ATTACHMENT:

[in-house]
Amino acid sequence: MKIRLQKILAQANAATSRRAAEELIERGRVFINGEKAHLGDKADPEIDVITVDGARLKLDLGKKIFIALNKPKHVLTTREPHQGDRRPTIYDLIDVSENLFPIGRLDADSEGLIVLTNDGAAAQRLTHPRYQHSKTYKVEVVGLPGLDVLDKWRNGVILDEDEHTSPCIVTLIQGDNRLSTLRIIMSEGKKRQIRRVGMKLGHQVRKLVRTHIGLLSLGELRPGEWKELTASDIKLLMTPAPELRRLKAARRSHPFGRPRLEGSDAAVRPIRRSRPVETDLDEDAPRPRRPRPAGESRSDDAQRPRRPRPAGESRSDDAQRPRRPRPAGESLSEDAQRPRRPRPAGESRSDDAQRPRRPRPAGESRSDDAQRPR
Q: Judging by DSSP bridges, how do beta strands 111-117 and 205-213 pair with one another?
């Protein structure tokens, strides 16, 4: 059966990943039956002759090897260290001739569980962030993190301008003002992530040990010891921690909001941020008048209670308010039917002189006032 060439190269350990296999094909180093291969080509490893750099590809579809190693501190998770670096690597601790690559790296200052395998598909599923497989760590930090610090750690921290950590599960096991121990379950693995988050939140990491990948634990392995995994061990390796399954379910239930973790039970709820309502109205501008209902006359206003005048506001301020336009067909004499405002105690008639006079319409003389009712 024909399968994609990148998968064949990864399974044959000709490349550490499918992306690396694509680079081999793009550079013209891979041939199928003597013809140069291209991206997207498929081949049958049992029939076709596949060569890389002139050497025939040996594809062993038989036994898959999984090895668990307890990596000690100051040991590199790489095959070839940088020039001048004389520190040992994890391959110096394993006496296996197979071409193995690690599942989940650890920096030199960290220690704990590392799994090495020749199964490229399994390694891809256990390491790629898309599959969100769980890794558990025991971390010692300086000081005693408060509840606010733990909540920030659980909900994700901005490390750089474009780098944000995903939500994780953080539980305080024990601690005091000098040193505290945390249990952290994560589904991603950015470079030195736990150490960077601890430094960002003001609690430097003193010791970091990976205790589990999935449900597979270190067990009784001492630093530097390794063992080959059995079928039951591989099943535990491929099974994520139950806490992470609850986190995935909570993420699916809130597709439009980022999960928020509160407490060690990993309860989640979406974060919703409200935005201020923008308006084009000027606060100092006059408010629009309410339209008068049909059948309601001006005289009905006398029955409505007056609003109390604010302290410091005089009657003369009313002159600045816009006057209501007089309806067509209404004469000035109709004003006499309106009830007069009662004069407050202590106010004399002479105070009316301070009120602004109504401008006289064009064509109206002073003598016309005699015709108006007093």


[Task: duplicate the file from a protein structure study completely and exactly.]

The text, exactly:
[in-house]
Amino acid sequence: MKIRLQKILAQANAATSRRAAEELIERGRVFINGEKAHLGDKADPEIDVITVDGARLKLDLGKKIFIALNKPKHVLTTREPHQGDRRPTIYDLIDVSENLFPIGRLDADSEGLIVLTNDGAAAQRLTHPRYQHSKTYKVEVVGLPGLDVLDKWRNGVILDEDEHTSPCIVTLIQGDNRLSTLRIIMSEGKKRQIRRVGMKLGHQVRKLVRTHIGLLSLGELRPGEWKELTASDIKLLMTPAPELRRLKAARRSHPFGRPRLEGSDAAVRPIRRSRPVETDLDEDAPRPRRPRPAGESRSDDAQRPRRPRPAGESRSDDAQRPRRPRPAGESLSEDAQRPRRPRPAGESRSDDAQRPRRPRPAGESRSDDAQRPR
Q: Judging by DSSP bridges, how do beta strands 111-117 and 205-213 pair with one another?
């Protein structure tokens, strides 16, 4: 059966990943039956002759090897260290001739569980962030993190301008003002992530040990010891921690909001941020008048209670308010039917002189006032 060439190269350990296999094909180093291969080509490893750099590809579809190693501190998770670096690597601790690559790296200052395998598909599923497989760590930090610090750690921290950590599960096991121990379950693995988050939140990491990948634990392995995994061990390796399954379910239930973790039970709820309502109205501008209902006359206003005048506001301020336009067909004499405002105690008639006079319409003389009712 024909399968994609990148998968064949990864399974044959000709490349550490499918992306690396694509680079081999793009550079013209891979041939199928003597013809140069291209991206997207498929081949049958049992029939076709596949060569890389002139050497025939040996594809062993038989036994898959999984090895668990307890990596000690100051040991590199790489095959070839940088020039001048004389520190040992994890391959110096394993006496296996197979071409193995690690599942989940650890920096030199960290220690704990590392799994090495020749199964490229399994390694891809256990390491790629898309599959969100769980890794558990025991971390010692300086000081005693408060509840606010733990909540920030659980909900994700901005490390750089474009780098944000995903939500994780953080539980305080024990601690005091000098040193505290945390249990952290994560589904991603950015470079030195736990150490960077601890430094960002003001609690430097003193010791970091990976205790589990999935449900597979270190067990009784001492630093530097390794063992080959059995079928039951591989099943535990491929099974994520139950806490992470609850986190995935909570993420699916809130597709439009980022999960928020509160407490060690990993309860989640979406974060919703409200935005201020923008308006084009000027606060100092006059408010629009309410339209008068049909059948309601001006005289009905006398029955409505007056609003109390604010302290410091005089009657003369009313002159600045816009006057209501007089309806067509209404004469000035109709004003006499309106009830007069009662004069407050202590106010004399002479105070009316301070009120602004109504401008006289064009064509109206002073003598016309005699015709108006007093």